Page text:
From time to time we are asked how to check whether or not there are data discrepancies between Master/Slave nodes within a MySQL (or MariaDB) cluster that’s managed with Tungsten Clustering. This is always a challenging task, not least because we hope and believe that our replication mechanism would avoid such occurrences, that said there can be factors outside of our control that can appear to “corrupt” data – such as inadvertent execution of DML against a slave using a root level user account.

Tungsten Replicator, the core replication component in our Tungsten Clustering solution for MySQL (& MariaDB), is just that, a replicator – it takes transactions from the binary logs and replicates them around. The replicator isn’t a data synchronisation tool in that respect, the …

[Read more]
Fun with Bugs #85 - On MySQL Bug Reports I am Subscribed to, Part XX

We have a public holiday here today and it's raining outside for a third day in a row already, so I hardly have anything better to do than writing yet another review of public MySQL bug reports that I've subscribed to recently.

Not sure if these reviews are really considered useful by anyone but few of my readers, but I am still going to try in a hope to end up with some useful conclusions. Last time I've stopped on Bug #94903, so let me continue with the next bug in my list:

[Read more]
MySQL 8.0.16 Replication Enhancements

MySQL 8.0.16 has been released last Thursday. In it, you can find some new replication features. Here is a quick summary. Follow-up blog posts will provide details about these features.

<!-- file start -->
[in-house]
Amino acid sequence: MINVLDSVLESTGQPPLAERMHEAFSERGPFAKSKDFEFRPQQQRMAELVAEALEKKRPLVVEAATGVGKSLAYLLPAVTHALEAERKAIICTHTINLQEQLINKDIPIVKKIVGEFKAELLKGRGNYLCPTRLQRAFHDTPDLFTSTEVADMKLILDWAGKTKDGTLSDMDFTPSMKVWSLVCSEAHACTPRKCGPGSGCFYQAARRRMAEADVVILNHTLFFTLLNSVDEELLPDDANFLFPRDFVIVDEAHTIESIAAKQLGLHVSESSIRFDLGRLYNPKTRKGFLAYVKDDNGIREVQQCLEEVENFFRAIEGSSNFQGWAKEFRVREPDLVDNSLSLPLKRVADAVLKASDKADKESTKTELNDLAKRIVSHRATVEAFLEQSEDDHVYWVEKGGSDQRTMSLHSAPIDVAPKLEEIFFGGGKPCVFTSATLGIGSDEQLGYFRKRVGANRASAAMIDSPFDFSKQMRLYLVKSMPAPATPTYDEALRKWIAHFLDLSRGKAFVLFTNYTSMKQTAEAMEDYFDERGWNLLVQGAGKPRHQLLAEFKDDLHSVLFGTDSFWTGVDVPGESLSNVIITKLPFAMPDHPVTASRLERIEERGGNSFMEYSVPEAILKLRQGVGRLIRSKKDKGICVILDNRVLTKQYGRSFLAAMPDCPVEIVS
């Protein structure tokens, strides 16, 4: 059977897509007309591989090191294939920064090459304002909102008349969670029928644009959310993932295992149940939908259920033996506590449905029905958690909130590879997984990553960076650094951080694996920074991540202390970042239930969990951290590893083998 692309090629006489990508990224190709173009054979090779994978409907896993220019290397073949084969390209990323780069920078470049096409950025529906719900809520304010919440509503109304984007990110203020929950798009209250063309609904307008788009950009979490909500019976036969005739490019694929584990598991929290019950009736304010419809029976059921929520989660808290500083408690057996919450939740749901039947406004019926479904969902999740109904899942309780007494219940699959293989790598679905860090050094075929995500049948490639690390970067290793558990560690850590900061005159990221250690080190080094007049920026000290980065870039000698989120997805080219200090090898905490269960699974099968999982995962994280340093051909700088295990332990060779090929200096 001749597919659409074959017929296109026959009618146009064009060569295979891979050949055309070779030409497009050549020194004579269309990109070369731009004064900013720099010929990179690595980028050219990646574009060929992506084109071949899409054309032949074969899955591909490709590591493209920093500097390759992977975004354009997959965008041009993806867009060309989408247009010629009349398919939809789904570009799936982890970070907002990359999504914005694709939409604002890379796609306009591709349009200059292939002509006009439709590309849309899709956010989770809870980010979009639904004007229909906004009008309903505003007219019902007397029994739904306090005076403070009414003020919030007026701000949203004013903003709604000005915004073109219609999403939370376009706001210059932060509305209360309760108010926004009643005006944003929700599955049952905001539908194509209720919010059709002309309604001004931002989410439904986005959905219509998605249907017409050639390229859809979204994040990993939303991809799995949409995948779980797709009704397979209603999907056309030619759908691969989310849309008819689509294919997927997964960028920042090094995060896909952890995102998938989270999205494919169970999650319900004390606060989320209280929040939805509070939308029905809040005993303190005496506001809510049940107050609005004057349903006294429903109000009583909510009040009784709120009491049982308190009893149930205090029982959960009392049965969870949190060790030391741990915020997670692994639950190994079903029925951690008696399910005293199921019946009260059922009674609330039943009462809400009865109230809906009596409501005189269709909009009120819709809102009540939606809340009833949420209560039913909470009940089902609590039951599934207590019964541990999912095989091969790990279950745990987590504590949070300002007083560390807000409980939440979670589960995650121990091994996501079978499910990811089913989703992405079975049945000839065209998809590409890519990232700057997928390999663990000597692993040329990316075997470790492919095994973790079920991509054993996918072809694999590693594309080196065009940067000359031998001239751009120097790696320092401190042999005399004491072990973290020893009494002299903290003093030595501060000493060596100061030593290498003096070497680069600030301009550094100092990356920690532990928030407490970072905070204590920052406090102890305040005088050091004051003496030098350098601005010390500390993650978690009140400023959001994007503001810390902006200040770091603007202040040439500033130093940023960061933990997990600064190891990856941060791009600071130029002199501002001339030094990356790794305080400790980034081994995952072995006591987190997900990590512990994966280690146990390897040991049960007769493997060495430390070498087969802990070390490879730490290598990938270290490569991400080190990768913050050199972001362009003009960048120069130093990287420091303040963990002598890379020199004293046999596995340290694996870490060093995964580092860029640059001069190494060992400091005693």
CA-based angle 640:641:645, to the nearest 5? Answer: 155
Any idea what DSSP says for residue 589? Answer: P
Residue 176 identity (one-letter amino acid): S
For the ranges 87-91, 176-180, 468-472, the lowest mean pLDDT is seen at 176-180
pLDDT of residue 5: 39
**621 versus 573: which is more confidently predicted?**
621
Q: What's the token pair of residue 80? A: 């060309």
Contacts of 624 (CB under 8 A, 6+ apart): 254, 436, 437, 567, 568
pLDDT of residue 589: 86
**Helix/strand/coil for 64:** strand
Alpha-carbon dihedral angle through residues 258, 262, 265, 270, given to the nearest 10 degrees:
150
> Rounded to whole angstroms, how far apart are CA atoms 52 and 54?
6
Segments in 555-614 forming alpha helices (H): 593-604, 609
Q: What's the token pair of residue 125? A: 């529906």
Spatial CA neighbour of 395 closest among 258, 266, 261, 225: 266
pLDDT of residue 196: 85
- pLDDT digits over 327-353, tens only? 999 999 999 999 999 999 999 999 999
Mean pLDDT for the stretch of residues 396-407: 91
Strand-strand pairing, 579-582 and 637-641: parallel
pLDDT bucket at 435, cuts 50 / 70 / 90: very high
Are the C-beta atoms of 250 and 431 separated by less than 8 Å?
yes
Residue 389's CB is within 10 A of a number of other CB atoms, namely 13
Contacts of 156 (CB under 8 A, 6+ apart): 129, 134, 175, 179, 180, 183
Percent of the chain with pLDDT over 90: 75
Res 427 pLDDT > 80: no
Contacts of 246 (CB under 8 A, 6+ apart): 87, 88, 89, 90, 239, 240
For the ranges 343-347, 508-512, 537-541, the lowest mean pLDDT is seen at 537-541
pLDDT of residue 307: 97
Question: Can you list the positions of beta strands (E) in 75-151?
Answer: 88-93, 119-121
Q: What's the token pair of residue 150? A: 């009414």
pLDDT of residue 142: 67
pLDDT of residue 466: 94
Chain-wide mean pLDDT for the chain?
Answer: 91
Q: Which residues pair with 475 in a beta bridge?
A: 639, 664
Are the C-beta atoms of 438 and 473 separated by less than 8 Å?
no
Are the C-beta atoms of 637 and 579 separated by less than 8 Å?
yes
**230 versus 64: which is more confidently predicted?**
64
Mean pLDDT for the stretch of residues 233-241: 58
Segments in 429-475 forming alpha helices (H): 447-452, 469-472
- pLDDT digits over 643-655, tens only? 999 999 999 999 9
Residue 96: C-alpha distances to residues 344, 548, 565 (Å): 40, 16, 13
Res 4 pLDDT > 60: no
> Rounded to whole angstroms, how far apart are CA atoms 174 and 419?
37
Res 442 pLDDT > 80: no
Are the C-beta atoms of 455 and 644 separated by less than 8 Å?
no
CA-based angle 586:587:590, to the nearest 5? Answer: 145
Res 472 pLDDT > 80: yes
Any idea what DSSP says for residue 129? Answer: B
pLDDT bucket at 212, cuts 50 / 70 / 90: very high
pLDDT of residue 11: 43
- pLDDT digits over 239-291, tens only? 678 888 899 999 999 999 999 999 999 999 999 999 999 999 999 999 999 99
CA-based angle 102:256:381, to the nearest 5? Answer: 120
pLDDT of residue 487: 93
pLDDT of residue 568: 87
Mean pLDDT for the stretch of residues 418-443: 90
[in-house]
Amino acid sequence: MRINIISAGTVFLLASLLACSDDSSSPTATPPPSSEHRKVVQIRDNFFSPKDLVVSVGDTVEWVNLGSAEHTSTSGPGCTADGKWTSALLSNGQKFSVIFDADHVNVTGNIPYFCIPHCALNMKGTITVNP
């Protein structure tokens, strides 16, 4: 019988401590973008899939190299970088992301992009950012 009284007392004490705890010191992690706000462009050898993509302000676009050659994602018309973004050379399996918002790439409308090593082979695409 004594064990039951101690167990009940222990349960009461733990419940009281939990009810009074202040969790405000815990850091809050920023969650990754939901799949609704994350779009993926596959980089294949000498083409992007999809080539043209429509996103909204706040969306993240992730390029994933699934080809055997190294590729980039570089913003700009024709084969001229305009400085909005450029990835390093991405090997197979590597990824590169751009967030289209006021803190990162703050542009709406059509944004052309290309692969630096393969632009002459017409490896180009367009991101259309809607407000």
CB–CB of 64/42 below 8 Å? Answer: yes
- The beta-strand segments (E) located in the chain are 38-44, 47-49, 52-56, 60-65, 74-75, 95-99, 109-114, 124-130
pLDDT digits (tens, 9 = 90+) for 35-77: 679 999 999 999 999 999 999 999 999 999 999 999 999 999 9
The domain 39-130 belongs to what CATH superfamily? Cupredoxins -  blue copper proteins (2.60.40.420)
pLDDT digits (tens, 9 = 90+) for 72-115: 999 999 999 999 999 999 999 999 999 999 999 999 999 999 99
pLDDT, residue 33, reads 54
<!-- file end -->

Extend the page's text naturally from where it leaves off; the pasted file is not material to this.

• Large Messages Fragmentation Layer for Group Replication. Tiago Vale’s work, introduces message fragmentation to the Group Communication Framework.

Fun with Bugs #84 - On Some Public Bugs Fixed in MySQL 5.7.26

Oracle released minor MySQL Server versions in all supported branches on April 25, 2019. MySQL 5.7.26 is just one of them, but recently I prefer to ignore MySQL 8 releases (after checking that I can build them from source code at least somewhere, even if it takes 18G+ of disk space and that they work in basic tests), as there are more chances for MySQL 5.7 bug fixes to affect me (and customers I care about) directly.

So, in this yet another boring blog post (that would never be a reason for any award) I plan to concentrate …

[Read more]
Fun with Bugs #83 - On MySQL Bug Reports I am Subscribed to, Part XIX

I have not much yet to say on a popular topic of upgrading everything to MySQL 8, so let me just continue reviewing public MySQL bug reports that I've subscribed to recently. After my previous post at least one bug, Bug #94747, got enough comments and clarifications (up to specific commit that introduced this regression pointed out by Daniel Black!) to have it re-classified and verified as InnoDB code bug. So, I see good reasons to continue attracting wide public attention …

[Read more]
Fun with Bugs #82 - On MySQL Bug Reports I am Subscribed to, Part XVIII

I've got few comments to my post on references to MariaDB in MySQL bug reports (not in the blog, but via social media and in personal messages), and all but one comments from current and former colleagues whose opinion I value a lot confirmed that this really looks like a kind of attempt to advertise MariaDB. So, from now on I'll try to keep my findings on how tests shared by MySQL bug reporters work in MariaDB for myself, MariaDB JIRA and this blog (where I can and will advertise whatever makes sense to me), and avoid adding them to MySQL bug reports.

That said, I still think that it's normal to share links to MariaDB bug reports that add something useful (like patches, …

[Read more]
Showing entries 1 to 10 of 1088
10 Older Entries »